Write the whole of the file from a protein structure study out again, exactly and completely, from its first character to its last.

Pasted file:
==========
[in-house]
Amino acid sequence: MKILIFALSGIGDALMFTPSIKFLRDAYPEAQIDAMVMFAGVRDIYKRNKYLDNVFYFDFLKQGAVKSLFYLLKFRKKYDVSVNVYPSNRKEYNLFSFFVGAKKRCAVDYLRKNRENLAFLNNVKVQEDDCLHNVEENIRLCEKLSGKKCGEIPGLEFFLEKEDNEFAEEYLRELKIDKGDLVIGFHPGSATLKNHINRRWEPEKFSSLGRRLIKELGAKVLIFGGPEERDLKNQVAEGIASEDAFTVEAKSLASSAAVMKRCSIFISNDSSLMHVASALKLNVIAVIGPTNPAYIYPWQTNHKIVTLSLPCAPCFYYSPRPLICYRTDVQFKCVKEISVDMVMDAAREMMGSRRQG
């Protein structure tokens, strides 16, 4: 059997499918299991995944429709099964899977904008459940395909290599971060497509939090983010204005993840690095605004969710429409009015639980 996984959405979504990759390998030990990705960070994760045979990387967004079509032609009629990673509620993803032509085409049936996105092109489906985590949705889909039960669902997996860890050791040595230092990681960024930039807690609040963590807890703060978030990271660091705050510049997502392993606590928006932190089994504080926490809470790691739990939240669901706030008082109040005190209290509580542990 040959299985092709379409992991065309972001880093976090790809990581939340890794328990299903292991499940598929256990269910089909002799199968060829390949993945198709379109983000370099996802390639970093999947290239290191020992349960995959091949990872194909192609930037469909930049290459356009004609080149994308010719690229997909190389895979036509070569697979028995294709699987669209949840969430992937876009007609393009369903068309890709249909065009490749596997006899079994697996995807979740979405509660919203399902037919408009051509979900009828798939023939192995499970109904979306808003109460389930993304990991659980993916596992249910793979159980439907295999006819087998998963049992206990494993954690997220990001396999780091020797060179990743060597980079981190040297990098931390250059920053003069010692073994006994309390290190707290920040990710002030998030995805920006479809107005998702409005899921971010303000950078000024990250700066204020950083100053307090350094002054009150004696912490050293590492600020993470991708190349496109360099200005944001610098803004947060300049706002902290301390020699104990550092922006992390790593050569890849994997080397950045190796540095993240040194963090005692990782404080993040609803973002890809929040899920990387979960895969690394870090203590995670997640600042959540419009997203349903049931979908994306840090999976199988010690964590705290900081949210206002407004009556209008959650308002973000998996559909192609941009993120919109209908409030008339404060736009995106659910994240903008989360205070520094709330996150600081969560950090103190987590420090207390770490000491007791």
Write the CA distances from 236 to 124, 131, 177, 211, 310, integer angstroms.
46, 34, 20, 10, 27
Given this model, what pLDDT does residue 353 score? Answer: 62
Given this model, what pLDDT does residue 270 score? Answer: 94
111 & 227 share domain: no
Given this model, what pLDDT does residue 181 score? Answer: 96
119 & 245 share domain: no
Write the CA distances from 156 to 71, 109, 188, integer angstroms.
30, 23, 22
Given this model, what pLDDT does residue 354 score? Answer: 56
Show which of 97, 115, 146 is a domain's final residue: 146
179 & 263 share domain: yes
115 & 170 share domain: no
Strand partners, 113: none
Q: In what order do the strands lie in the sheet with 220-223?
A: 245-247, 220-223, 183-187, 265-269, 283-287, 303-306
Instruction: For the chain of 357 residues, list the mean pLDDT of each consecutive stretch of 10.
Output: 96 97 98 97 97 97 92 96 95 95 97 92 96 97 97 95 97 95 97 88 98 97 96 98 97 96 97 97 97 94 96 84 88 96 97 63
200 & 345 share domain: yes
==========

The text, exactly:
[in-house]
Amino acid sequence: MKILIFALSGIGDALMFTPSIKFLRDAYPEAQIDAMVMFAGVRDIYKRNKYLDNVFYFDFLKQGAVKSLFYLLKFRKKYDVSVNVYPSNRKEYNLFSFFVGAKKRCAVDYLRKNRENLAFLNNVKVQEDDCLHNVEENIRLCEKLSGKKCGEIPGLEFFLEKEDNEFAEEYLRELKIDKGDLVIGFHPGSATLKNHINRRWEPEKFSSLGRRLIKELGAKVLIFGGPEERDLKNQVAEGIASEDAFTVEAKSLASSAAVMKRCSIFISNDSSLMHVASALKLNVIAVIGPTNPAYIYPWQTNHKIVTLSLPCAPCFYYSPRPLICYRTDVQFKCVKEISVDMVMDAAREMMGSRRQG
């Protein structure tokens, strides 16, 4: 059997499918299991995944429709099964899977904008459940395909290599971060497509939090983010204005993840690095605004969710429409009015639980 996984959405979504990759390998030990990705960070994760045979990387967004079509032609009629990673509620993803032509085409049936996105092109489906985590949705889909039960669902997996860890050791040595230092990681960024930039807690609040963590807890703060978030990271660091705050510049997502392993606590928006932190089994504080926490809470790691739990939240669901706030008082109040005190209290509580542990 040959299985092709379409992991065309972001880093976090790809990581939340890794328990299903292991499940598929256990269910089909002799199968060829390949993945198709379109983000370099996802390639970093999947290239290191020992349960995959091949990872194909192609930037469909930049290459356009004609080149994308010719690229997909190389895979036509070569697979028995294709699987669209949840969430992937876009007609393009369903068309890709249909065009490749596997006899079994697996995807979740979405509660919203399902037919408009051509979900009828798939023939192995499970109904979306808003109460389930993304990991659980993916596992249910793979159980439907295999006819087998998963049992206990494993954690997220990001396999780091020797060179990743060597980079981190040297990098931390250059920053003069010692073994006994309390290190707290920040990710002030998030995805920006479809107005998702409005899921971010303000950078000024990250700066204020950083100053307090350094002054009150004696912490050293590492600020993470991708190349496109360099200005944001610098803004947060300049706002902290301390020699104990550092922006992390790593050569890849994997080397950045190796540095993240040194963090005692990782404080993040609803973002890809929040899920990387979960895969690394870090203590995670997640600042959540419009997203349903049931979908994306840090999976199988010690964590705290900081949210206002407004009556209008959650308002973000998996559909192609941009993120919109209908409030008339404060736009995106659910994240903008989360205070520094709330996150600081969560950090103190987590420090207390770490000491007791």
Write the CA distances from 236 to 124, 131, 177, 211, 310, integer angstroms.
46, 34, 20, 10, 27
Given this model, what pLDDT does residue 353 score? Answer: 62
Given this model, what pLDDT does residue 270 score? Answer: 94
111 & 227 share domain: no
Given this model, what pLDDT does residue 181 score? Answer: 96
119 & 245 share domain: no
Write the CA distances from 156 to 71, 109, 188, integer angstroms.
30, 23, 22
Given this model, what pLDDT does residue 354 score? Answer: 56
Show which of 97, 115, 146 is a domain's final residue: 146
179 & 263 share domain: yes
115 & 170 share domain: no
Strand partners, 113: none
Q: In what order do the strands lie in the sheet with 220-223?
A: 245-247, 220-223, 183-187, 265-269, 283-287, 303-306
Instruction: For the chain of 357 residues, list the mean pLDDT of each consecutive stretch of 10.
Output: 96 97 98 97 97 97 92 96 95 95 97 92 96 97 97 95 97 95 97 88 98 97 96 98 97 96 97 97 97 94 96 84 88 96 97 63
200 & 345 share domain: yes